Misconceptions about waterpipe smoke content may lead users to underestimate the health risks, which include all the cardiovascular risks of cigarette smoking, tobacco dependence, and even nicotine withdrawal.
Tobacco restrictions across the country at locations such as restaurants and college campuses have contributed to a significant decline in tobacco usage among adolescents and college-age students. But a new threat is emerging. College students are increasingly taking up waterpipe smoking, and establishments that provide this service are more likely to be located near large colleges and universities, according to a study in the American Journal of Preventive Medicine.
Better known by many as “hookah lounges,” the establishments get around state and local ordinances that prohibit smoking indoors in public establishments via a loophole that allows smoking in establishments that derive a certain percentage of their revenue from tobacco sales. In many places, this provision was added to keep cigar stores from going out of business, and the revenue threshold that must come from sales of tobacco is often high, generally around 75% to 80%. Many waterpipe establishments also serve alcohol and food, but it’s unclear how closely they are regulated to ensure compliance with legal restrictions.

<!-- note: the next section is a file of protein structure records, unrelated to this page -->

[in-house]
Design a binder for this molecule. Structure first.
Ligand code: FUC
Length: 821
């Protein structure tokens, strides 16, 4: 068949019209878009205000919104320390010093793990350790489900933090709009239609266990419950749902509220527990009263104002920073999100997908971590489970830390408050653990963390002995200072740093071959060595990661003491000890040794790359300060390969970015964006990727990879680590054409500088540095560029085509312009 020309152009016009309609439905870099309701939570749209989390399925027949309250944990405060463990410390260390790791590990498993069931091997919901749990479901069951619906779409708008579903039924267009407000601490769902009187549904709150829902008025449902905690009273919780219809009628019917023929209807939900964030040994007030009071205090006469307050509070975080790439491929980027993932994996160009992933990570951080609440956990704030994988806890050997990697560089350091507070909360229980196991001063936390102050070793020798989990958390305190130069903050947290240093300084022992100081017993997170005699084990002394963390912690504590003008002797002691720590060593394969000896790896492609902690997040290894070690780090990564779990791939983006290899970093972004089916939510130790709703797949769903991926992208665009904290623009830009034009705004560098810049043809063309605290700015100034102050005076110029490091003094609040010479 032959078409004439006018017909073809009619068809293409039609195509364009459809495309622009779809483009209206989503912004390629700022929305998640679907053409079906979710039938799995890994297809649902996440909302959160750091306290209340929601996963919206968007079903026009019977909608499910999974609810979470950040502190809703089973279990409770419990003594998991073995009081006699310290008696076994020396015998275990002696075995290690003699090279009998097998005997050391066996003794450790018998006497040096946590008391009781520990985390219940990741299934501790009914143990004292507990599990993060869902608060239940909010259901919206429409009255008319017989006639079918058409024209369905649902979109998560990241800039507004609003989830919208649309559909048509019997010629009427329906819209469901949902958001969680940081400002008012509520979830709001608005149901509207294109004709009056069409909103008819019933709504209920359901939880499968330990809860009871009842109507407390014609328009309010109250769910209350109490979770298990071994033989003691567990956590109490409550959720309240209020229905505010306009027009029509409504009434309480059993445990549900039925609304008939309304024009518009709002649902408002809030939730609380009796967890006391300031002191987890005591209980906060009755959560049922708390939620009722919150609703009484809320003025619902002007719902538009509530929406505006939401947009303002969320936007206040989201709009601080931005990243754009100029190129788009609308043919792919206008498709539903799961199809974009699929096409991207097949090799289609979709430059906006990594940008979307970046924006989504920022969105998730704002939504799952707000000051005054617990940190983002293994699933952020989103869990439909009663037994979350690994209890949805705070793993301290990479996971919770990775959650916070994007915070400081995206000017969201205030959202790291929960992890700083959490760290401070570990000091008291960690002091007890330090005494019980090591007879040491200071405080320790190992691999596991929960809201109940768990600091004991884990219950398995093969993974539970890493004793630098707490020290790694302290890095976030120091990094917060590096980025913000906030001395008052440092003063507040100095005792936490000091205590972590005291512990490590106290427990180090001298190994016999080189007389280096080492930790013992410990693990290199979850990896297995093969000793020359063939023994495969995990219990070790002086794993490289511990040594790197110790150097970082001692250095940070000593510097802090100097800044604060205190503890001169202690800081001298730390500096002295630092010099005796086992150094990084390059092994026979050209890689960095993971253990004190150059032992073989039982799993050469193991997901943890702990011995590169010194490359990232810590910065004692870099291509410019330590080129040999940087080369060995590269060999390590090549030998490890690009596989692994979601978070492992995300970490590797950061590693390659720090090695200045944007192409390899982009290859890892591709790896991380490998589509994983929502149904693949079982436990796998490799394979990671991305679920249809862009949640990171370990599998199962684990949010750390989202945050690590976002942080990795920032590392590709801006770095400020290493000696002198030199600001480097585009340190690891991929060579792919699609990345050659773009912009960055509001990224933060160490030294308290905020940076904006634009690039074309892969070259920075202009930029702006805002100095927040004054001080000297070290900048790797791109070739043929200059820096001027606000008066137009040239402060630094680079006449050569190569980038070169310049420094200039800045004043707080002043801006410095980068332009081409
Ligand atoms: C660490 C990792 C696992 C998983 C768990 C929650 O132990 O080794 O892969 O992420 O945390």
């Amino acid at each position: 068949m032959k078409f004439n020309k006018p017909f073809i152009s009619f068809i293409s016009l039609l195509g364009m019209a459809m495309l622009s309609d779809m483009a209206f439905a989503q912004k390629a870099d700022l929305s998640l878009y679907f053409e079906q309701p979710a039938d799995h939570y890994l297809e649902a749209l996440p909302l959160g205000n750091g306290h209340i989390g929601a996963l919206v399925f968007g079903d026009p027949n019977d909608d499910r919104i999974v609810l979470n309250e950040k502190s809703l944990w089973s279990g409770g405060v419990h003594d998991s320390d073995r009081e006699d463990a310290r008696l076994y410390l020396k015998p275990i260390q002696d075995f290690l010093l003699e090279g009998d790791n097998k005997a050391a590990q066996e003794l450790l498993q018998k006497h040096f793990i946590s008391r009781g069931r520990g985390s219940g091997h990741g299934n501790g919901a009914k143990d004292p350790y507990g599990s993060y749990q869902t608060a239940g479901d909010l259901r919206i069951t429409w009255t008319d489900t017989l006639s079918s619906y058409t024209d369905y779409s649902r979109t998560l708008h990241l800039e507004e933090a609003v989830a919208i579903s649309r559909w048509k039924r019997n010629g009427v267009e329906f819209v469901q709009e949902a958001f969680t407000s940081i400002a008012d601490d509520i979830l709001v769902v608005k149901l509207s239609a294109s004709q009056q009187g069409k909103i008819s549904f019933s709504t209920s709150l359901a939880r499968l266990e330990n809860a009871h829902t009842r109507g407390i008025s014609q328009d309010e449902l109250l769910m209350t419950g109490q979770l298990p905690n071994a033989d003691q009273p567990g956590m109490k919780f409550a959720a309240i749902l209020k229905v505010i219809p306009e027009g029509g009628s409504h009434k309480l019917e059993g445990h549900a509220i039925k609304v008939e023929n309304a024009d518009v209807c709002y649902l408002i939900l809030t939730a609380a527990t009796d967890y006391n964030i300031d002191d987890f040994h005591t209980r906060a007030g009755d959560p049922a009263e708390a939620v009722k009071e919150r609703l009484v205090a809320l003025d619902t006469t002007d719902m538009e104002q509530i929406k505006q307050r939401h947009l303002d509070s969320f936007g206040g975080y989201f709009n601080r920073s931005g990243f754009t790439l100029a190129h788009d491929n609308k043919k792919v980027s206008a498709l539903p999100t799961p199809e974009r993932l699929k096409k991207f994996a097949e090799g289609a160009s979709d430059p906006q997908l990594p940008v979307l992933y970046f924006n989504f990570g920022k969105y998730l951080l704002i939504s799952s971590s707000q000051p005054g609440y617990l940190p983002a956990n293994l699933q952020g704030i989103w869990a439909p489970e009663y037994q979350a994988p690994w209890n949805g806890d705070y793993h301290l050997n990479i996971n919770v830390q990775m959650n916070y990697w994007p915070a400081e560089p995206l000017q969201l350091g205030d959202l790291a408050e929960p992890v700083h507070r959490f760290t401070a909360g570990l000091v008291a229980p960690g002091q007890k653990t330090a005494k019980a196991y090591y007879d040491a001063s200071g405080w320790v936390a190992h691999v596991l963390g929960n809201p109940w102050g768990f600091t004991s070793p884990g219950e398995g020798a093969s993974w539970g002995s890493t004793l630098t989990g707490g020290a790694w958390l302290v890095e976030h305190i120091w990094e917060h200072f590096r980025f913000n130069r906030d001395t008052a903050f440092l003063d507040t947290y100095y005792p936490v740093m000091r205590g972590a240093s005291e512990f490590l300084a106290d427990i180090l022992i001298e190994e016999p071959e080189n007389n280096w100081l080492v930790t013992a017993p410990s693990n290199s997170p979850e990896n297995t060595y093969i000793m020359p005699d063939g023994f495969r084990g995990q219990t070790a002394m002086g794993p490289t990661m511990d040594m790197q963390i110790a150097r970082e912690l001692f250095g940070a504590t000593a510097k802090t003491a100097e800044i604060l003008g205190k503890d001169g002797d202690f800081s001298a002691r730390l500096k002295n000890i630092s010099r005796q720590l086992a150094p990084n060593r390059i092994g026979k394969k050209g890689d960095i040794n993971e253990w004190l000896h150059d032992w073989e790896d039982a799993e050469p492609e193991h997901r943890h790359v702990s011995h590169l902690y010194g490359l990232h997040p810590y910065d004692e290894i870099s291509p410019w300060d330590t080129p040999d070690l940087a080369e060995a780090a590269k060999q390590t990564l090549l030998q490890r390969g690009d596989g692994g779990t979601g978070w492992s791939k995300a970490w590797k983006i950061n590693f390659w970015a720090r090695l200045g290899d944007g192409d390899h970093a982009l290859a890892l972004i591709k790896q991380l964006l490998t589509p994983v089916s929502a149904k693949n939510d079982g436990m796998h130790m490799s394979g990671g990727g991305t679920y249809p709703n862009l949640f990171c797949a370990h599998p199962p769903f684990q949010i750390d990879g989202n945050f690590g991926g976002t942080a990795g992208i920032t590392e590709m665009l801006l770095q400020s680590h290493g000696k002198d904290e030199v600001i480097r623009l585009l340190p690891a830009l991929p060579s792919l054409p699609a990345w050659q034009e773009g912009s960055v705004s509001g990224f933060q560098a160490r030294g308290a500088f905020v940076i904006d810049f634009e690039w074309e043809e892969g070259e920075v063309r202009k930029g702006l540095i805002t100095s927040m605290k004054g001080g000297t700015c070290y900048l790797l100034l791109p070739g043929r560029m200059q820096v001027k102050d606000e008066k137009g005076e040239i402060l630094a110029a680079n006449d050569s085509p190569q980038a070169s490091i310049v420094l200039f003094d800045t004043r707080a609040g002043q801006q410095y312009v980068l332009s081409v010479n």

Misconceptions about waterpipe smoke content may lead users to underestimate the health risks, which include all the cardiovascular risks of cigarette smoking, tobacco dependence, and even nicotine withdrawal. Depending on the type of tobacco use and the construction of the pipe and hose through which it is smoked, waterpipe devices can deliver amounts of tobacco and nicotine well in excess of cigarettes, according to a 2010 study in the American Journal of Health Behaviors. This finding was echoed in a more recent 2014 study in Tobacco Control. An article posed to the Mayo Clinic website earlier this year said that accumulated research shows that waterpipe smokers are exposed to more carbon monoxide and smoke than are cigarette smokers.
The AJPM study compiled lists of waterpipe establishments and their addresses from Internet-based directories, then geocoded and overlaid those locations on a US map of accredited colleges and universities. A total of 1,690 waterpipe establishments and 1,454 colleges and universities were included in the study. Overall, 554 colleges or universities (38.1%) were within 3 miles of a waterpipe establishment.
There was a direct correlation between proximity of waterpipe establishments to colleges and universities with higher full-time enrollment levels. Public schools and those with a smoke-free campus policy were at lower odds of having waterpipe establishments within 3 miles of their campuses.
The study authors hope the research spurs a fresh look at the exemptions currently enjoyed by the establishments.